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I'm using Fireworks because Photoshop is too much for my old battle hog. Has anyone found a good tutorial for slicing images and laying them out on a Web page. I've looked and I really can't find any good thorough reads on it. Doesn't the code this produces look awful(dunno, just asking)?
While I'm at it: Does anyone lay their site out in the program and use just the individual elements within tables rather than slicing n' dicing.
Still, I would like to know how this process works.
Thanks for your time;)
When I work with designers I just spec it out for them ie pixel widths for different elements etc and then when I get it I just cut her up with a million guides and put it back together with HTML.
I don't know of any tutorials, sorry, I was just teaching someone here how to do that yesterday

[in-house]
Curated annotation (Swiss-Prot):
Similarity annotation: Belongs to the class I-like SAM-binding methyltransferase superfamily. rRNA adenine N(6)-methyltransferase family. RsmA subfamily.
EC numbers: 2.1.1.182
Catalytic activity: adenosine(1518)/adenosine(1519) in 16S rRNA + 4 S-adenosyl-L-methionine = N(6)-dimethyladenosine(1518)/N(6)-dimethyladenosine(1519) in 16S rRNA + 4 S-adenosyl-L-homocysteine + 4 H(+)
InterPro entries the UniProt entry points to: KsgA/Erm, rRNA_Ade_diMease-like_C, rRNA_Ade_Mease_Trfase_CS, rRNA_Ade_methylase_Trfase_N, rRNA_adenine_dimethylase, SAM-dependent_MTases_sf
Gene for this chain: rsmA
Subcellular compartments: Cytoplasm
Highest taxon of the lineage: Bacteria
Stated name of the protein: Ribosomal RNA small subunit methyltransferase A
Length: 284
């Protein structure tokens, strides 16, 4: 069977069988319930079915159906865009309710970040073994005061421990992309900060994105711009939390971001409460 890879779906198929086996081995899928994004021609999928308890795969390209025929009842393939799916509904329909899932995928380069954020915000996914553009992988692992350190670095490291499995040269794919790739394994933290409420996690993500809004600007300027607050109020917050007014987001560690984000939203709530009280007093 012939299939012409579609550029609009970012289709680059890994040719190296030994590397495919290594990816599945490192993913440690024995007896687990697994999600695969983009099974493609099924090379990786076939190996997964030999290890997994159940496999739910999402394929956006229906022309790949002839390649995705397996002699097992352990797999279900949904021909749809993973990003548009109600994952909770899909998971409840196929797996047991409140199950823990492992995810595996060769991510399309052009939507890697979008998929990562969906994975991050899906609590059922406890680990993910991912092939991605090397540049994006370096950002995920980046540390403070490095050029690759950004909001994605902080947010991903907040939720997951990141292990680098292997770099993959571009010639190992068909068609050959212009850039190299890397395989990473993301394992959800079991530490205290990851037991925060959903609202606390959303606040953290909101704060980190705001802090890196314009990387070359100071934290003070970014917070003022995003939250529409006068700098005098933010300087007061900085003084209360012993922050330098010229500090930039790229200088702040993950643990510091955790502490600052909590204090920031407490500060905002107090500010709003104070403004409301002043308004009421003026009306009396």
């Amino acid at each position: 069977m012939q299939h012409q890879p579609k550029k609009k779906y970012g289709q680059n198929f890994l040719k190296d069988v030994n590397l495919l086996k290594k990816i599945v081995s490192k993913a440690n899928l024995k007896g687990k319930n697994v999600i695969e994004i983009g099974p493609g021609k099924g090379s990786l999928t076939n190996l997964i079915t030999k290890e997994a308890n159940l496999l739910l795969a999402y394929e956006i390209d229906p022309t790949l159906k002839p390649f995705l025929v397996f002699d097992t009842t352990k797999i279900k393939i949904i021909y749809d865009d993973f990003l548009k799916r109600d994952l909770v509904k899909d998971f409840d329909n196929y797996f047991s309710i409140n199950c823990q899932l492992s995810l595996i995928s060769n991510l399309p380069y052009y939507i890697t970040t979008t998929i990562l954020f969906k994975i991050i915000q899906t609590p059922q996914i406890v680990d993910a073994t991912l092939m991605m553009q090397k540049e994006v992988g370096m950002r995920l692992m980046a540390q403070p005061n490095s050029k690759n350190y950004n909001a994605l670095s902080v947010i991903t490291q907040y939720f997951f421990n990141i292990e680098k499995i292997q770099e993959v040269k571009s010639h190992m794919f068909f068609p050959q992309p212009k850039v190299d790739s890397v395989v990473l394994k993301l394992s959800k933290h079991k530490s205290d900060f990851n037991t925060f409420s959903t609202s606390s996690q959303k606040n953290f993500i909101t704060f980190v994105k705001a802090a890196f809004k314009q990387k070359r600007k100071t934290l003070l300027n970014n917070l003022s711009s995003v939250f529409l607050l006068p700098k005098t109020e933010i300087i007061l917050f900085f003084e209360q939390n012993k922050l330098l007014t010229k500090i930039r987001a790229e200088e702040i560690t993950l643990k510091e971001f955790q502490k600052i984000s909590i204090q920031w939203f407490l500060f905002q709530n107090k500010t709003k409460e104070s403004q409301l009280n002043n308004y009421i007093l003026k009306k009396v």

(edited by: jatar_k at 7:22 pm (utc) on April 26, 2002)
Yep. The less "square footage" of graphics you have per page, the quicker the page will download. I haven't used a sliced graphic in a long time, once I realized how much zippier my pages were with only the minimum of actual graphic files per page.
When I did use sliced graphics though, I just kept notes of the pixel dimensions (height/width) of each slice as I saved it, and built an html table with the cells in those specific pixel dimensions...
The only time I slice these days is when it gives me bandwidth savings - as in one area compresses better as a gif and another area works best as a jpg. Recently reduced a client's 58kb original file (one big gif) down to 23kb by slicing off a separate jpg area, and reducing the remaining gif palette to 8 colors.
That's the kind of thing slicing is excellent for. When an image works best as a gif or a jpg takes some study, and playing around with how various images work in your software. Sometimes a photo still works better as a gif! And sometimes big flat areas of color still work better as a jpg if there are other factors in parts of the image.